A work colleague was recently severely burnt when her hot water bottle popped. We’re talking time in the specialist burns hospital, several weeks off work and the talk of skin grafts which luckily she did not need to have.
The burns doctors told her they see many serious burns from hot water bottles failing. They apparently want them banned.
If you are going to use them, the doctors’ advice is:
1. Never use boiling water from the kettle. Use tap water. Yes, it is not as hot. You have to be patient and wait for the rubber to warm and you shouldn’t be putting something that hot against your skin anyway.
2. Replace them every two years, at least. They say the Chinese made ones seem weaker and more susceptible to failure.
So on my desire to declutter, I looked at my hot water bottle.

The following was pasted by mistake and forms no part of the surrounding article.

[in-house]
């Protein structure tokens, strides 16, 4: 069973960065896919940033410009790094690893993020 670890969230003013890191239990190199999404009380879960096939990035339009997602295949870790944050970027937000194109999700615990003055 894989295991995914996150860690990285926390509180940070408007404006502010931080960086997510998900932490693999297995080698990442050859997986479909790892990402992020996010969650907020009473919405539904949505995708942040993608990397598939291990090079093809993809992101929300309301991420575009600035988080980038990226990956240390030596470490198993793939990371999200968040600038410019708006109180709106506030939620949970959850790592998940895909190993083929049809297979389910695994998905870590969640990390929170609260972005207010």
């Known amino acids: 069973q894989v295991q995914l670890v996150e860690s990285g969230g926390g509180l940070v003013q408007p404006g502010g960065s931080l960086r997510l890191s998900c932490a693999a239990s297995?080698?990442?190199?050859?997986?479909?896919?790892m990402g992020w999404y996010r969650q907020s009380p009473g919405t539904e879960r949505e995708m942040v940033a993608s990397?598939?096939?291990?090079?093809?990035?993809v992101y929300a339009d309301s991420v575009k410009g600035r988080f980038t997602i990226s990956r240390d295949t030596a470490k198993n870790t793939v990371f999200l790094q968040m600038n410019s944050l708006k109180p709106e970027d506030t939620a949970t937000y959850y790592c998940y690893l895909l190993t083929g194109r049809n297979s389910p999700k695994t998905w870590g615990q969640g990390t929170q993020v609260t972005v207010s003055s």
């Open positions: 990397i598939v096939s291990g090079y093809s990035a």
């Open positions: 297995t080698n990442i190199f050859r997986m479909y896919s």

Can I say how long I’ve had it? No.
Does it say where it is made? No.
As the standards have been updated, I can see my hot water bottle is many years old.
The British site gives safety advice for using hot water bottles. Worth reading. I like the one which recommends using them only to heat a bed, much like old bed pans.
Apparently there are extra standards for hot water bottles sold in Australia.
I think I will just follow the doctors’ advice and toss mine. I didn’t use it this very cold winter anyway.
Now off you go and check yours.